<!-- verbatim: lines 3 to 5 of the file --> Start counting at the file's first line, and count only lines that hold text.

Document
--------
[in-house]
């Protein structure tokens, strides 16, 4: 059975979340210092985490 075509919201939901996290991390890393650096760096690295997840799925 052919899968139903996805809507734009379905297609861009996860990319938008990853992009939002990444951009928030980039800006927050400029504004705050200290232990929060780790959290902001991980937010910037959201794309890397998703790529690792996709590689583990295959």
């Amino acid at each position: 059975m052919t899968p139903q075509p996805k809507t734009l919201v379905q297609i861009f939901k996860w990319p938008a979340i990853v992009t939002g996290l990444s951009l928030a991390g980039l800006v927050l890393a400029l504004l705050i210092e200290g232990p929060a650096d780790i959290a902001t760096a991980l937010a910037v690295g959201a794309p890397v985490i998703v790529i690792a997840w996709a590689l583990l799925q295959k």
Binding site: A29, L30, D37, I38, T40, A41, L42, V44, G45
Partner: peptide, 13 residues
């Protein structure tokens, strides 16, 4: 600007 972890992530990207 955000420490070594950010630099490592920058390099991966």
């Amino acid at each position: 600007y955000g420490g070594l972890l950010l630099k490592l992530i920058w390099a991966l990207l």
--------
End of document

């Amino acid at each position: 059975m052919t899968p139903q075509p996805k809507t734009l919201v379905q297609i861009f939901k996860w990319p938008a979340i990853v992009t939002g996290l990444s951009l928030a991390g980039l800006v927050l890393a400029l504004l705050i210092e200290g232990p929060a650096d780790i959290a902001t760096a991980l937010a910037v690295g959201a794309p890397v985490i998703v790529i690792a997840w996709a590689l583990l799925q295959k």
Binding site: A29, L30, D37, I38, T40, A41, L42, V44, G45
Partner: peptide, 13 residues